Dark Star V 5.10b ***
P1-.10b look for an overlap that might still have a stuck stopper loop hanging out of it. Go up the dihedral for 100 feet through some cool laybacking and steming sections. Fixed pin anchor. 100ft
P2- 5.8 continue up the corner and past an old bolt then belay off of a horn. 150ft
P3-.10a go left past a fixed pin, do a step across and continue up fantastic finger cracks, belay at two pins.130ft
P4 .7 up a rt facing corner then up towards a chimney and belay when rope runs out you should be under an overlap.170 ft
P5- .8 up overlap to the base of the chimney.
P6- .8 chimney exit out right-super exposed and airy. 140ft
P7- .8 follow obvious cracks in black rock 120ft
P8- 300 ft of 4th-5th class to the top of the buttress. 300ft
The first 8 pitches might compare to Yosemite's Lower Cathedral east buttress
P9-400ft of 4th class traversing to teh base of the second buttress. 400ft
P10- .8 up steep rock with jugs to a 15ft splitter hand crack in black rock, belay at a pedistal. 100ft
P11- .10b go up a right leaning corner then break a roof at an akward handrack through a bulge.
P12- 500ft of 5th class brings you to the top of the second buttress.
P13- Go around the left side of the butress. 5th
P14- 200ft across a sandy gap then follow the ridge, first on the left then on the ridge its self.
P15-Rap or down climb continue along the ridge to the next rap.
P16-5th class 310ft.
P17- Rap off of a slung block 95ft (or down climb) to third class ledge.
P18- Rap again find slung block that is not obvious, rap into the SE face.
P19- Climb up to the notch on the NW face. Now climb under the big red tower on the ridge where there is yellow lichen.
P20- 400-600 ft of 5th class high stepping takes you to the top of the route.
P21- the summit is still a few hundred feet and some 5th class moves away.
Just a few thoughts from a couple of old guys (we’re both 61) who did Dark Star last Friday in very cold and windy weather. We found the hand drawn topo provided by Chris McNamara in his Route Beta posting of 8/22/08 to be quite useful, and have included a slightly updated version based on our experiences. Neither my partner nor I would put this route on our list of all time great Sierra routes, but it does feel both remote and committing, and as an “adventure climb” well worth the effort.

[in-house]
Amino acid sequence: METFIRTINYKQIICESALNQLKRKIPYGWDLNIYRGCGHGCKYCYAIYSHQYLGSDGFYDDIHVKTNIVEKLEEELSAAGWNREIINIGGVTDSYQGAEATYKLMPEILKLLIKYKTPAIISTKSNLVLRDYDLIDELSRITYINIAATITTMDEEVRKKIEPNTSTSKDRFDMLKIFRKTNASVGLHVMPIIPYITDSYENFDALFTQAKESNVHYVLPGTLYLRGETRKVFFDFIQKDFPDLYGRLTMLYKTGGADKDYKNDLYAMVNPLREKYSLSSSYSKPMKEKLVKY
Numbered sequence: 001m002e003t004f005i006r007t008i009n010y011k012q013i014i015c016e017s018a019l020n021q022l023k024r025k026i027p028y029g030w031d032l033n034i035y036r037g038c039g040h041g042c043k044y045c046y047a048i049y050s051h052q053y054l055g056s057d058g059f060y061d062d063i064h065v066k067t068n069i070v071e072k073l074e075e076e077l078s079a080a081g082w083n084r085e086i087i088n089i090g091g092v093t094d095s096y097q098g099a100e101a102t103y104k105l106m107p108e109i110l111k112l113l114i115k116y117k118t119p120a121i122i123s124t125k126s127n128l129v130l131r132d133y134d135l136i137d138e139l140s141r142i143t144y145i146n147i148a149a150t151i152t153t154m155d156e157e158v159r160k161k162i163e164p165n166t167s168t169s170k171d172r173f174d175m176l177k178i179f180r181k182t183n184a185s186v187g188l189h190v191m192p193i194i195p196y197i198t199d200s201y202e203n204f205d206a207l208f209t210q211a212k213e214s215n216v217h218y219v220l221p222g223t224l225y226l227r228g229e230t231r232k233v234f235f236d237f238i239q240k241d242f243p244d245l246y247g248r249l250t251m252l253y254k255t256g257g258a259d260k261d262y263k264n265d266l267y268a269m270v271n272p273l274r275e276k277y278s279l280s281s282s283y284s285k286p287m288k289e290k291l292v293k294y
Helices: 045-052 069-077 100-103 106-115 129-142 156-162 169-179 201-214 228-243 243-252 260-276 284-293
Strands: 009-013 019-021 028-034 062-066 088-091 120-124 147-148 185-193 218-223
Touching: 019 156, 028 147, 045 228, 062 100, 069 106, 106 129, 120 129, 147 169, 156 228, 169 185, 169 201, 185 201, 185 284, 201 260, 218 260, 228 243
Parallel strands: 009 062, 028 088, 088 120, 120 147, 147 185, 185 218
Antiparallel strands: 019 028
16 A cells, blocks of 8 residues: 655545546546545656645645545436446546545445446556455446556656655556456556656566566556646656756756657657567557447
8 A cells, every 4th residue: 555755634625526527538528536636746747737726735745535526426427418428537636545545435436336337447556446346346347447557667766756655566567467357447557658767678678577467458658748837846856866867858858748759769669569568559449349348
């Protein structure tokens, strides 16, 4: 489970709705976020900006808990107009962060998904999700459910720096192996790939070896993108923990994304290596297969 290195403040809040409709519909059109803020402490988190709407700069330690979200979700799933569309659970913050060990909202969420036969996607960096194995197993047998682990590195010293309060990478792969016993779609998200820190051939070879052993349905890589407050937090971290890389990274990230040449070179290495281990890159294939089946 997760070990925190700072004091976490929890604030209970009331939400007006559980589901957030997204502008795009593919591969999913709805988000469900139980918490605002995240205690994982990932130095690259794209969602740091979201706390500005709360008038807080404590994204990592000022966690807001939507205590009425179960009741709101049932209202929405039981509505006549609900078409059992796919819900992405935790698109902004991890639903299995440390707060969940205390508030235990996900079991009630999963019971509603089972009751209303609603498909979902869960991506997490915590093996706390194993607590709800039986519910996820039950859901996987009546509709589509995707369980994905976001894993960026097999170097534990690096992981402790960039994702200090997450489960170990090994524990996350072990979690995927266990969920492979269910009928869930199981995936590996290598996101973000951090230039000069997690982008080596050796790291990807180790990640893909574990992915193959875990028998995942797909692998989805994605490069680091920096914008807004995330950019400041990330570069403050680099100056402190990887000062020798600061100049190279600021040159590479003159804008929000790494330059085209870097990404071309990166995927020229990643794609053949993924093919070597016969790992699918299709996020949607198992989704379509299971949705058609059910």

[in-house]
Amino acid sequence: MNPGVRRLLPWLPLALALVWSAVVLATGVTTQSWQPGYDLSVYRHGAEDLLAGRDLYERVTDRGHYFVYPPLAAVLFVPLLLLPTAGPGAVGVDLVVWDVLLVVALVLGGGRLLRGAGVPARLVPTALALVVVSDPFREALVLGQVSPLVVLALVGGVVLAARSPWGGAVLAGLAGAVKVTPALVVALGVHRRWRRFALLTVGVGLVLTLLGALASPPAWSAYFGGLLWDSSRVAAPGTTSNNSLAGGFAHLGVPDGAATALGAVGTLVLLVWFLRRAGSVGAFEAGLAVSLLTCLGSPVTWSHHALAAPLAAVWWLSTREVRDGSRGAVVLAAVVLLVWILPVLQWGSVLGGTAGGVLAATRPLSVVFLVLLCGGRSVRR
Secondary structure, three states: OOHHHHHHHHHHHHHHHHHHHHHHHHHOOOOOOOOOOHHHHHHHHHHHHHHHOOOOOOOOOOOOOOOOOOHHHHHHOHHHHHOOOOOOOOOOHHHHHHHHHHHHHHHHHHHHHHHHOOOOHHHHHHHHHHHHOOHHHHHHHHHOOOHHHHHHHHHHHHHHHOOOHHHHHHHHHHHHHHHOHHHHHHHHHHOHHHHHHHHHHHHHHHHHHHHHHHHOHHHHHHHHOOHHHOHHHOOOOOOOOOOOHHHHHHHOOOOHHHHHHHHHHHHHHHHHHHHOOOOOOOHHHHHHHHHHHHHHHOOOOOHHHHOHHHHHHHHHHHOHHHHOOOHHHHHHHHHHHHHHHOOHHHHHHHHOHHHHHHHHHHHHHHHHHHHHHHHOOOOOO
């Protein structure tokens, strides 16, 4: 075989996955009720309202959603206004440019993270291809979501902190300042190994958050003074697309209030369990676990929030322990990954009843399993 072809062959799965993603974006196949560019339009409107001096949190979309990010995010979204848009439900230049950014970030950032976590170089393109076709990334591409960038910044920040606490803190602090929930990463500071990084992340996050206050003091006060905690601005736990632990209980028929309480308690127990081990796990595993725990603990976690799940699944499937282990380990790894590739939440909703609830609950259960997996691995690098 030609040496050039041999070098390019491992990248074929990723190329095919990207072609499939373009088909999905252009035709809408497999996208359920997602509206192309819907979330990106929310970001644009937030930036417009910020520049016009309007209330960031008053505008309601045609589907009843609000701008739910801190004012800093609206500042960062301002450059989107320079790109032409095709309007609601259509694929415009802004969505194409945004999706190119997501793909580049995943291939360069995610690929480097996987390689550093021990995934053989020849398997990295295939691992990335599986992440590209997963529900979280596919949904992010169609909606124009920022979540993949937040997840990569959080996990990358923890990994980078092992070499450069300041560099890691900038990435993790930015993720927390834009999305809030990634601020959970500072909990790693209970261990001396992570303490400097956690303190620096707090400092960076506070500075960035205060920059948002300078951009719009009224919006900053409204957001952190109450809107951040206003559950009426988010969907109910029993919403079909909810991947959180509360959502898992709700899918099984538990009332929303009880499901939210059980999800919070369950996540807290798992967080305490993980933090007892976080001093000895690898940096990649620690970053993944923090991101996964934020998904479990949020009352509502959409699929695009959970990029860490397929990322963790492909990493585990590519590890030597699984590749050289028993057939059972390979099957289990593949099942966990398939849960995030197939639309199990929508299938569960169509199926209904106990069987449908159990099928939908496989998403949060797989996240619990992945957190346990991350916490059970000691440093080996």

The climb consists of about 9 pitches of technical climbing, the majority of them on the lower buttress, and a whole lot of 4th and easy 5th class scrambling. The climbing is generally fun and well protected. After climbing the last 5.8 pitch on the Lower Buttress (No 7, after the chimney pitch) the climbing gets considerably easier. We continued to belay the 600 to 800 feet of 4th and easy 5th to the base of the Middle Buttress because of the exposure and occasional loose rock, but in hindsight probably should have done it 3rd class.
The Middle Buttress is a maze of fractured rock, and there doesn’t seem to be any obvious line that we could pick out. We angled up and slightly left, eventually climbing through a small roof via jambs and laybacking. We never noticed anything like a “15 foot black band of rock”, but the roof we did seemed about 5.10a. This pitch was a full 60 meters, and the following pitch had a bit of easy 5th before becoming a 4th class scramble. At this point we halved the rope and simulclimbed to the rappels. Again, it probably makes sense to just pack the rope and 3rd class. We did three short rappels because it seemed easier than down climbing the loose looking slots, but they didn’t look difficult. It’s pretty much a hike after the last rappel and your rope should be snugly tucked away. There’s a bit of exposure as you round the Red Tower, but it’s easy. The last part of the climb is basically a very long scramble with a few 5th class moves and non-existent exposure.